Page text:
JEDDAH: When Khaled Makhshoush first began creating his pixel art as a hobby in 2016, he saw it simply as a means of creative expression stemming from his interest in playing and developing video games.
He never imagined that, within five years, he would have set himself up as a professional freelance artist whose work is in demand from clients all over the world and been commissioned to create art for Paris Fashion Week.
“It certainly did not happen overnight,” the 28-year-old artist, who was born and raised in Riyadh, told Arab News, adding that he used to be delighted to receive a few hundred likes when he posted his work on social media. Now, practically every post receives thousands of thumbs-up from admirers, both international and local.
“I’m very happy with that. And I am honored that people like my stuff because I do still remember the time that I wasn’t an artist,” he said.
Although his blocky artworks — which resemble old-school 8-bit and 16-bit video games — may appear simplistic, Makshoush explained that each one can now take him up to a month to complete. That was not the case at first, however, when he took a “quantity-over-quality approach” and churned out a picture every day.
“In that period, I started to learn a lot about art and how to appreciate it. My focus shifted, and I felt like I could express things about me in my art,” he said.
“Looking back at that period, I can see it was very simplistic, like I was a child learning how to speak; a very simplistic self-learning (process), trying to experiment with color and different shapes. But it quickly became a very personal experience to me, and I feel like it’s made me more mature.” As he learned more about the techniques behind pixel art, he added, each piece took longer to complete.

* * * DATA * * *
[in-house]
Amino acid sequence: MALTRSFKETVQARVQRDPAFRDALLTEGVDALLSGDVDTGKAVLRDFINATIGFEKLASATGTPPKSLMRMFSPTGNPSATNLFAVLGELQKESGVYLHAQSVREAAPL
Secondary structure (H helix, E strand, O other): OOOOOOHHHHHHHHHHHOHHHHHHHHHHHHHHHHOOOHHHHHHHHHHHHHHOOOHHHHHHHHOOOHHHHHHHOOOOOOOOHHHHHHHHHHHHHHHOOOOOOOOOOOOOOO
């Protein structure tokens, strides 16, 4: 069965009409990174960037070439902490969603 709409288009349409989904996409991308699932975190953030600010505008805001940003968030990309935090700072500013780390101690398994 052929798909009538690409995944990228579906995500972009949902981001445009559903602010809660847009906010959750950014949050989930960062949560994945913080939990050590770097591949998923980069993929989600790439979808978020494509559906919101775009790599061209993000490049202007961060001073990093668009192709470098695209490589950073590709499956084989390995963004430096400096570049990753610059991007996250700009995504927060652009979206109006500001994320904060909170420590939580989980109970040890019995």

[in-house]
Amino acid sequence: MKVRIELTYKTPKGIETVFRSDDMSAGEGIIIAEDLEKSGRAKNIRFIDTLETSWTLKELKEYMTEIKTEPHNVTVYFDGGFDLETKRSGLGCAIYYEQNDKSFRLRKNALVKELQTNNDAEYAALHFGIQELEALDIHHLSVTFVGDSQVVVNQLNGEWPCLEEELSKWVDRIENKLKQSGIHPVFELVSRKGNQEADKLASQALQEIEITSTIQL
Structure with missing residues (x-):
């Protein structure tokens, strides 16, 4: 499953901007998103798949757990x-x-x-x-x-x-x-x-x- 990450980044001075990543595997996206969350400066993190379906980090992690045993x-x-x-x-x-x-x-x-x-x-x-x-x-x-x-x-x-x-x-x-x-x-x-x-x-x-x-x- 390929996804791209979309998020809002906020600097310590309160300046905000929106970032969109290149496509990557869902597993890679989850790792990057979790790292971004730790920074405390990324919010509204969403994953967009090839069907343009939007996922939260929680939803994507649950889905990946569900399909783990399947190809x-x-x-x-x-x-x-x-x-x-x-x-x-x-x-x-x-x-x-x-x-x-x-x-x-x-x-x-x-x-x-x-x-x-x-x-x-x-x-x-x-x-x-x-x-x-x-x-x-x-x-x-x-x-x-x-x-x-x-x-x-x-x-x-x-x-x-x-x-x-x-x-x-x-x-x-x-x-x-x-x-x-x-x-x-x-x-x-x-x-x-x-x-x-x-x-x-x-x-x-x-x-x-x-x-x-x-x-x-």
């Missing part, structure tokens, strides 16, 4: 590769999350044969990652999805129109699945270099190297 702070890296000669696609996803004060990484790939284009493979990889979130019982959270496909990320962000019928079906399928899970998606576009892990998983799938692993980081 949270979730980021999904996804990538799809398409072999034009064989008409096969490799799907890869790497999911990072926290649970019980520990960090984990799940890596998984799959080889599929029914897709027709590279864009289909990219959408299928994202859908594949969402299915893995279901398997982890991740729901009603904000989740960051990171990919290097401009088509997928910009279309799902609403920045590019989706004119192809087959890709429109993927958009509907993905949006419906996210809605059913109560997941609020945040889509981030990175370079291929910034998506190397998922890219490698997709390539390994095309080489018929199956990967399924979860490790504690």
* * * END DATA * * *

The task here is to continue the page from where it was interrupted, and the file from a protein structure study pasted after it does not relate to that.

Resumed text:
Much of Makshoush’s work involves a reimagining of local landscapes, especially the streets of Riyadh.
“I’m always attracted to the spaces around me and how the atmosphere — the lights and colors — changes (depending on) the time of day,” he said. “I like to express myself through space, and specifically modern places.”
His most popular artwork — “Early Evening” — depicts the streets of Riyadh not as they are, but as they exist in Makshoush’s mind, influenced by actual elements of the city.
“A lot of my audience isn’t based in the Middle East, and a lot of them thought I was drawing something futuristic, representing the cyber-punk aesthetic,” he said. “That made me think of how our cities have that unique outlook to them that we don’t really think about much.”
While pixel art has yet to gain a strong foothold in Saudi Arabia, Makhshoush has been surprised at how many people enjoy his aesthetic and feel a strong affinity towards his work, he said. Younger artists have been reaching out to tell him they have been inspired to try pixel art for themselves after viewing his work.
But it’s not only his visual style that makes Makhshoush a pioneer in the Kingdom’s art scene. Freelance artists are still a rarity in the country, but Makshoush said that local clients are beginning to show more interest in his work — perhaps reassured by the number of international clients he has produced work for over the past few years.
“In the beginning, I had a lot of things to figure out and I’ve encountered people who told me that my prices were too low,” he said. “It was certainly uncharted territory to make a living out of (pixel) art.”